After a harrowing brush with death defending a cemetery - of all places - the staunch if fatalistic Sulphart composes a grim tune : "Oui, tu l'auras ta croix / Si ce n'est pas la Croix de Guerre / Ce sera la croix de bois." This moment encapusilizes Raymond Bernard's 1932 film about the Great War: the dire circumstances of les poilus and their attemps to come to terms with the absurdity of their experience. Song is an important part of the French soldiers' lives, which oscillate wildly between drunken merry-making (that are more desperate than jovial) and fatal, oppressive artillery barrages in the wastelands between the trenches.
For contemporary audiences, Les Croix de bois doesn't bring much of anything to new to our knowledge and understanding of either World War One or historical filmmaking in general. Works such as J'Accuse! (Gance, 1919), All Quiet on the Western Front (Mileston, 1930), Un long dimanche de fiançailles (Jeunet, 2004) and Paths of Glory (Kubrik, 1957) are better known and take more innovative approaches to the unprecendented horrors of the Great War. Content-wise, Les Croix de bois provides what had already become fixtures of the era on-screen: the filth of trenches, the hyprocisy of the aristocratic officer corps, the out-moded insanity of tactics and the desperate oscillations of hope and despair amongst the troops. Neither is their much to say about Bernard's cinematography. Aside from some dramatic tracking shots and hand-held camerawork that lend battle scenes a sense of urgency, the superimposition special effects seem to be either a non-sequitir in this otherwise very realistic movie, or incompletely realized - especially in comparison to the earlier J'Accuse! or the poetic Un long dimanche de fiançailles.
Nonetheless, it is illuminating to consider Les Croix de bois in the historical context of its creation and original release. Firstly, in 1932, very few French films had dealt with the still-fresh trauma of the Great War, which had decimated nearly a quarter of the adult male population and laid waste to vast swaths of the northeastern countryside. Also during this time, class tensions were high in France, and Bernard's film anticipates the pro-proletariat attitudes of the Popular Front by focusing on the clearly working-class foot soldiers. An interesting note is the quasi-sympathetic depiction of the German soldiers (again, through song), which in early works had been thoroughly demonized. Again, all of is much better treated in other films, notably Renoir's Grande Illusion (1937).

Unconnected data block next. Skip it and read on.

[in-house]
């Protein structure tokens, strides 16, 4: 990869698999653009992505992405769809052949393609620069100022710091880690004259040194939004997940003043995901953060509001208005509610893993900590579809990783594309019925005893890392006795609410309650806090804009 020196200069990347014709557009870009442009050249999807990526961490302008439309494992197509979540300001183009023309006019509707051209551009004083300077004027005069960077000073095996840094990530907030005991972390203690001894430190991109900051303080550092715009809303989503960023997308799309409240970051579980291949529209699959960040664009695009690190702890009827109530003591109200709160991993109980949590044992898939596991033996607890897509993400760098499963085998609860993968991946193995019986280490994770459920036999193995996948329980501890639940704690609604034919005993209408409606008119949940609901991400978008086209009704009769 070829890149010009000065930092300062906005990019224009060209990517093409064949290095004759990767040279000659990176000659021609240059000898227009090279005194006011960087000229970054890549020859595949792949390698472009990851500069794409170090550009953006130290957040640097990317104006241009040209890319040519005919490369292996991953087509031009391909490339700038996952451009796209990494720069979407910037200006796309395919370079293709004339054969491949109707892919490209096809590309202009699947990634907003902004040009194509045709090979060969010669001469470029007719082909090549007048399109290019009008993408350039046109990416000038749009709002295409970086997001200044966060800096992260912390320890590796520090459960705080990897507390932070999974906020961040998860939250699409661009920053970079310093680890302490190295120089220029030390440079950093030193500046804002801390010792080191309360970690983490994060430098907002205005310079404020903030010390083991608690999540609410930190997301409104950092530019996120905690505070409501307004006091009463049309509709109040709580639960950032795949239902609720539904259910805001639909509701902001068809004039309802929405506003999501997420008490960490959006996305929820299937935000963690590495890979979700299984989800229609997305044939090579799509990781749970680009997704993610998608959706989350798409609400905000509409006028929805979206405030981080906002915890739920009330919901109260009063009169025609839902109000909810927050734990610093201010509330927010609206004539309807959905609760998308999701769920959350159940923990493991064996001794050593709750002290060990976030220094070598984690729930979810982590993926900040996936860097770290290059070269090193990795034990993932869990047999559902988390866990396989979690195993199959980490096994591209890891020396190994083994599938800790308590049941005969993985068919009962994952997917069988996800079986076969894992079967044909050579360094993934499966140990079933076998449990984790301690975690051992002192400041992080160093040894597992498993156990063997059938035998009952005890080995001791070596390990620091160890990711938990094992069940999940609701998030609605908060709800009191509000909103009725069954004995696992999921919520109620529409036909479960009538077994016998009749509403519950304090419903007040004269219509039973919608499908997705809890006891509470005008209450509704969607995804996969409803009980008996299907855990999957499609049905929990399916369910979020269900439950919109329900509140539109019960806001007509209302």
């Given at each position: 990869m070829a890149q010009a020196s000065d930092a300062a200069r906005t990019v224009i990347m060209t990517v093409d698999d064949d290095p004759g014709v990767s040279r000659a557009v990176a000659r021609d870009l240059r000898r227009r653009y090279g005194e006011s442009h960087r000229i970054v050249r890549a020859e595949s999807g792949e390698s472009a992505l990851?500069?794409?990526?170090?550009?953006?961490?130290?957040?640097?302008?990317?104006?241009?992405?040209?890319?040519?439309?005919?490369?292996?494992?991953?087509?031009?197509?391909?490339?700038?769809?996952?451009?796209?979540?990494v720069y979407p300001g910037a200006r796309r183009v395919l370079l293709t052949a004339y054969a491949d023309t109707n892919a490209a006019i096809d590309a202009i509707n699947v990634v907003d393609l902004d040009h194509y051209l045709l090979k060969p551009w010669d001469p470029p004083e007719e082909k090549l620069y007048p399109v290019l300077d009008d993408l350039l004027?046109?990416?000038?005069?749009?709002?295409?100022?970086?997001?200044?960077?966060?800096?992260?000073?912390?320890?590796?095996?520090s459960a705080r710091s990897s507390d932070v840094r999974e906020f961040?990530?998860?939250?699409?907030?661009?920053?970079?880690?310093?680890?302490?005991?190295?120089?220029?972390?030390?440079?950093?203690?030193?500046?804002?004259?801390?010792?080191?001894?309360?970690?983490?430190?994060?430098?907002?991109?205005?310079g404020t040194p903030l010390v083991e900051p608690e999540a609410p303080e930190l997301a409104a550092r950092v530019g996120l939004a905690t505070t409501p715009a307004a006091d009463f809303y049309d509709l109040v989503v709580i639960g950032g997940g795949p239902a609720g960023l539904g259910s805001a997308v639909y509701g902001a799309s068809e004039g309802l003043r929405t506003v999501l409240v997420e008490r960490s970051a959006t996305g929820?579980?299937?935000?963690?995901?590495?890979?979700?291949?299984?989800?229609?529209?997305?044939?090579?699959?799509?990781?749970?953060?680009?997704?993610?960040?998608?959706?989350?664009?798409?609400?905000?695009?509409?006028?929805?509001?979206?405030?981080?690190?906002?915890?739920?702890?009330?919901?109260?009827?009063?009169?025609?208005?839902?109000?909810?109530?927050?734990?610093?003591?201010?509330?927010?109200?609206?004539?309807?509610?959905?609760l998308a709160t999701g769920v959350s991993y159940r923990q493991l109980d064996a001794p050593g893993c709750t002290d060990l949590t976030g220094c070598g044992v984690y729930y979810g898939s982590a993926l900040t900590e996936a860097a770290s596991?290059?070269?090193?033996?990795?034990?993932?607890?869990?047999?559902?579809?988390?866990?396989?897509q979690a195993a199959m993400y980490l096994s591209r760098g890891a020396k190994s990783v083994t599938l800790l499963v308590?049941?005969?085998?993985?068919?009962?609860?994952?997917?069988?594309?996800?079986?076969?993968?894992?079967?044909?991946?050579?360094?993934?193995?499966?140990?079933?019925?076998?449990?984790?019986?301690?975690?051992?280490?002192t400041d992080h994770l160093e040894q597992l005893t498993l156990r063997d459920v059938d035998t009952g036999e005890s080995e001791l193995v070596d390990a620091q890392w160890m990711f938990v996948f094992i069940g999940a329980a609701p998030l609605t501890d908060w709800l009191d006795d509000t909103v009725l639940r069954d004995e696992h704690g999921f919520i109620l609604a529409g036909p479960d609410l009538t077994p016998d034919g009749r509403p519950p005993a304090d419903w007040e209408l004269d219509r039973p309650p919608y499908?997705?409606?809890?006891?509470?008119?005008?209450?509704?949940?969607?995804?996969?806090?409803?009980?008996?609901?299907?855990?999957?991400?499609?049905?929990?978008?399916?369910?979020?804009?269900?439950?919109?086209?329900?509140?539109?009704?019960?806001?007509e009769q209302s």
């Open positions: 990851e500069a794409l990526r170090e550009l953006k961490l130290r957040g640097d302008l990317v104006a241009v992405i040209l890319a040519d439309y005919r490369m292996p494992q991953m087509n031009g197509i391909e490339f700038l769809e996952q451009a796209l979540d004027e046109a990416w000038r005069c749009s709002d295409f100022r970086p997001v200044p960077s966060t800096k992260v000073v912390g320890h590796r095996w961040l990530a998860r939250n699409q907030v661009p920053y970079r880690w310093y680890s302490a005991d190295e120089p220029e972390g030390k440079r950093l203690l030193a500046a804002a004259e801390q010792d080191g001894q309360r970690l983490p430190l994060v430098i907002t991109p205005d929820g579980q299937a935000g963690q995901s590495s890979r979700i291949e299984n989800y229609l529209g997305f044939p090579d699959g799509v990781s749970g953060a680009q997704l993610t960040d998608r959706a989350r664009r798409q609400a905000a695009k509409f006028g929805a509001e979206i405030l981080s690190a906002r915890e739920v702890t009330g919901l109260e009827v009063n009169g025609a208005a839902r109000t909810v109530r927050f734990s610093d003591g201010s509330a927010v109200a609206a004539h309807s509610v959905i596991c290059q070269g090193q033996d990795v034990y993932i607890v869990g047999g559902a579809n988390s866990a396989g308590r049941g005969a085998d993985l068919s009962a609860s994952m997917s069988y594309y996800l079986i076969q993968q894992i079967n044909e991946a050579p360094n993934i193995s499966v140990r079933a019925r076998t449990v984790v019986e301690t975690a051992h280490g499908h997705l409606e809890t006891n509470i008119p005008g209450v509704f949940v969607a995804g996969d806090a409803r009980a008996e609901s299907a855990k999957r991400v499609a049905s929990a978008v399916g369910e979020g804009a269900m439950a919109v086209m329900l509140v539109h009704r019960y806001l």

Les Croix de bois does include some laudable elements, notably in its realistic reconstruction of life on the front and the focus on the trials and tribulations of the common poilu. The hand-held camera work and rapid tracking shots of the battle scenes were rare at the time and their visceral nature certainly influenced later cinematic treats of war. There are some moments of elegaic poetry: protagonsit Demachy's visit to a comrade's grave, his prayer to the Virgin Mary ("We just want to survive"), langquid establishing shots of the desloate no-mans-land. These are occasional but heart-wrenching moments. Additionally, the ending is remarkable, even for the French who are more accostumed to unhappying endings: tragically (and with excruciating slowness) killing your protagonist is a dramatic statement about war's absurdity.
However, the tone of this ending is part of what's not quite right with the film: the obvious switch from location shooting to a studio set, the almost risible pacing and the non-sequitir superimpostion soliders (both French and German!) marching to their graves, each with a literal cross to bear. It's not over the top, in fact, it's insufficient, especially when compared to the expressivity of Jean Renoir's fluid camerawork and striking characterization or Abel Gance's visual reworkings of 19th-century poetic tropes that have the dead marching not to their graves but back home. Thus, Les Croix de bois may have had a certain influence on later war films (one can see direct borrowings in Paths of Glory), it remains a work of secondary importance.